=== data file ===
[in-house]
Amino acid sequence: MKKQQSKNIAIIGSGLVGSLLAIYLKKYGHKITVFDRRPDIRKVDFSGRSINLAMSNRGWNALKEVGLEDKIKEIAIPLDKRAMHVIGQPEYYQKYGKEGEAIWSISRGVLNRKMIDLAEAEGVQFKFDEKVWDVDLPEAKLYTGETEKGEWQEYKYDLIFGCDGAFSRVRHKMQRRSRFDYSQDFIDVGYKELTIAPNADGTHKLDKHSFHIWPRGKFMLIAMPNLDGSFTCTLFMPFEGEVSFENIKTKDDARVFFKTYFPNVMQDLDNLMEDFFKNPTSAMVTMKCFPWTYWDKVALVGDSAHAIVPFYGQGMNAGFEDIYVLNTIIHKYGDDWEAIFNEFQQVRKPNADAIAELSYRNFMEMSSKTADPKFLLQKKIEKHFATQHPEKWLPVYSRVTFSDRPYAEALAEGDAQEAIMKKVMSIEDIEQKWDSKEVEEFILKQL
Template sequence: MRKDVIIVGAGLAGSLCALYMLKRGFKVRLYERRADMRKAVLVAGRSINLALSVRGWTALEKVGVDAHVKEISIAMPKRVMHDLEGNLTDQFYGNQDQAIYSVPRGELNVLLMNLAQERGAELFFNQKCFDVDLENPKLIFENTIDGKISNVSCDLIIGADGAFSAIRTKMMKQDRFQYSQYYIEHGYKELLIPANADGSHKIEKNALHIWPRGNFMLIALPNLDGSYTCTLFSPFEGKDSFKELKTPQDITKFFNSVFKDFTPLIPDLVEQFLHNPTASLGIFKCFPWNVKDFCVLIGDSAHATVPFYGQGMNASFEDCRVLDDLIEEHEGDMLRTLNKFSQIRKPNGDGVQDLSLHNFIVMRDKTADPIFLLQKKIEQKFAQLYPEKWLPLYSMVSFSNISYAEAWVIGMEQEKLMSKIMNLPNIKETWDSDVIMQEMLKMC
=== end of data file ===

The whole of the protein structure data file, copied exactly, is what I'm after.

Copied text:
[in-house]
Amino acid sequence: MKKQQSKNIAIIGSGLVGSLLAIYLKKYGHKITVFDRRPDIRKVDFSGRSINLAMSNRGWNALKEVGLEDKIKEIAIPLDKRAMHVIGQPEYYQKYGKEGEAIWSISRGVLNRKMIDLAEAEGVQFKFDEKVWDVDLPEAKLYTGETEKGEWQEYKYDLIFGCDGAFSRVRHKMQRRSRFDYSQDFIDVGYKELTIAPNADGTHKLDKHSFHIWPRGKFMLIAMPNLDGSFTCTLFMPFEGEVSFENIKTKDDARVFFKTYFPNVMQDLDNLMEDFFKNPTSAMVTMKCFPWTYWDKVALVGDSAHAIVPFYGQGMNAGFEDIYVLNTIIHKYGDDWEAIFNEFQQVRKPNADAIAELSYRNFMEMSSKTADPKFLLQKKIEKHFATQHPEKWLPVYSRVTFSDRPYAEALAEGDAQEAIMKKVMSIEDIEQKWDSKEVEEFILKQL
Template sequence: MRKDVIIVGAGLAGSLCALYMLKRGFKVRLYERRADMRKAVLVAGRSINLALSVRGWTALEKVGVDAHVKEISIAMPKRVMHDLEGNLTDQFYGNQDQAIYSVPRGELNVLLMNLAQERGAELFFNQKCFDVDLENPKLIFENTIDGKISNVSCDLIIGADGAFSAIRTKMMKQDRFQYSQYYIEHGYKELLIPANADGSHKIEKNALHIWPRGNFMLIALPNLDGSYTCTLFSPFEGKDSFKELKTPQDITKFFNSVFKDFTPLIPDLVEQFLHNPTASLGIFKCFPWNVKDFCVLIGDSAHATVPFYGQGMNASFEDCRVLDDLIEEHEGDMLRTLNKFSQIRKPNGDGVQDLSLHNFIVMRDKTADPIFLLQKKIEQKFAQLYPEKWLPLYSMVSFSNISYAEAWVIGMEQEKLMSKIMNLPNIKETWDSDVIMQEMLKMC